Looking for a good book can be a difficult thing because there are so many to choose from, so where do you even begin? The number of times I have been spoilt for choice by a book shop full of giant stacks of paperbacks is so numerous now I’ve lost count. But for those of you who are keen to find some awesome titles to help you greet the Autumn, here are some of my favourites that I know you’ll love to read too:
1. Moranifesto – Caitlin Moran
I bought this book to read on the flight home from Italy and ended up reading all of it by the time we touched back down on English soil. Honestly, I don’t think I have laughed so much at a book in a long time. Moran has such a fantastic way of mixing personal anecdote with research and well constructed points, making it easy to read on some frequently difficult and complex topics.
If you want to learn about everything from popular political debate to bacon salt and why gender stereotypes are stupid, this is the one for you.
2. The Circle – Dave Eggers
Recently made into a major motion picture starring Emma Watson, this is a thriller which is quite the page turner. Set at the Circle, a major fictional internet company, the character of May finds herself surrounded by some of the most innovative and amazing technology she’s ever seen. But amazing as it may be, there is something slightly dark about it all waiting just around the corner…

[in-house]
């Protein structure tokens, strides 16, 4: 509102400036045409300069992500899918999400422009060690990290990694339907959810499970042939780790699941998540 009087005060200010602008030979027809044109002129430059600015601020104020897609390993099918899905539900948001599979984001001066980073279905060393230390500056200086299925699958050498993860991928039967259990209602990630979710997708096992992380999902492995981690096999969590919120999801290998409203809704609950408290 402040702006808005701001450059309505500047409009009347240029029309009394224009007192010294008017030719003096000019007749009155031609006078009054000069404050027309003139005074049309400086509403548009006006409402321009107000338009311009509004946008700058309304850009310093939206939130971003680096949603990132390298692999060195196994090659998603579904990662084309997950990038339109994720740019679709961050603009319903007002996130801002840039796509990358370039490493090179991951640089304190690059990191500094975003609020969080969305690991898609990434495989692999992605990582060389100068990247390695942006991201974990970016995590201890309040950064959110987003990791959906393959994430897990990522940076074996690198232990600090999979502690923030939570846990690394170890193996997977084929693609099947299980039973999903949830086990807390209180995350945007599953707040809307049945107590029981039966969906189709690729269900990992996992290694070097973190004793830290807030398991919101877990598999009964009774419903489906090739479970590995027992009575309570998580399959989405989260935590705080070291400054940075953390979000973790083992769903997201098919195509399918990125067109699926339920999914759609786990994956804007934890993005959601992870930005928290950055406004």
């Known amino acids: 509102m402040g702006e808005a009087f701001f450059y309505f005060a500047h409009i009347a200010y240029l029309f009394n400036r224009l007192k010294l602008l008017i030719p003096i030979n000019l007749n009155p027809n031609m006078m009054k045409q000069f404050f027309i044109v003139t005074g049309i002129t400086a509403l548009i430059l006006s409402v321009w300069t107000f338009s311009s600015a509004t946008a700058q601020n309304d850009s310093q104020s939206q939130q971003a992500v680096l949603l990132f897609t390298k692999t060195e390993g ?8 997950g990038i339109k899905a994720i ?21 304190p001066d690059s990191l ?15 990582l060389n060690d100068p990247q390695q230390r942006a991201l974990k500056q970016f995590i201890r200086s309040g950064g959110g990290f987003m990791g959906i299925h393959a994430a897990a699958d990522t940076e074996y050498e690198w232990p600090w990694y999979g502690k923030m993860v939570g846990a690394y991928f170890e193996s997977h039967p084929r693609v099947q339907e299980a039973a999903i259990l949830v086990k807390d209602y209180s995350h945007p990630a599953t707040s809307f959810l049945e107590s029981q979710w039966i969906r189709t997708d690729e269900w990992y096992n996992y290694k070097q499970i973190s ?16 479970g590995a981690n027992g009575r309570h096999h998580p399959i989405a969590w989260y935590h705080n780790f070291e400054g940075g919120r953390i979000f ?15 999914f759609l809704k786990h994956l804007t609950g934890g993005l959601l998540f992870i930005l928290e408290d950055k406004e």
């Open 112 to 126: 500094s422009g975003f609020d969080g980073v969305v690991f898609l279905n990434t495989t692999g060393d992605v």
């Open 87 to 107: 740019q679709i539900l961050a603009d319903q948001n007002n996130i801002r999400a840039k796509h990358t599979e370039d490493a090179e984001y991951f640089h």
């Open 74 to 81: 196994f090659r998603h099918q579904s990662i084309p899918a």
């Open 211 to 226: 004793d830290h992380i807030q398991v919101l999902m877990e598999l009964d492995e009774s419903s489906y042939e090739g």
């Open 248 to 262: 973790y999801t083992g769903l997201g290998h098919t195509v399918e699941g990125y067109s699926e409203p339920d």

Intrigued by science fiction or want something that’s got a realistic twist? Egger’s eclectic style will draw you in in no time.
3. Homegoing – Yaa Gyasi
I adore Gyasi’s Homegoing for many reasons, but most of all because it is complicated without being complicated. It covers two sides of the same family tree, switching between characters voices over many generations giving it the feel of a short story anthology. All of the stories add something to our perception as readers of what it means to be humans with heritage who sometimes feel like outsiders, even in our own families.
It’s about home and ancestry, but more than anything it is about story telling itself and the importance of knowing where exactly we have come from in order to write our own future stories with our eyes wide open.
4. Public Library – Ali Smith
This anthology of short stories by Ali Smith is my favourite of her works though it is perhaps not as well known as her more recent works, namely Autumn which has just been nominated for the Man Booker short list. Each of the stories focuses on a different way in which books are important to the world by zooming in on individual characters. Some of the metaphors are so beautiful they can take a while to soak in.
What I enjoyed most about this book? The fact that in between the stories, many famous authors’ memories of libraries from when they were growing up are included stressing the continuing importance and relevance of libraries today.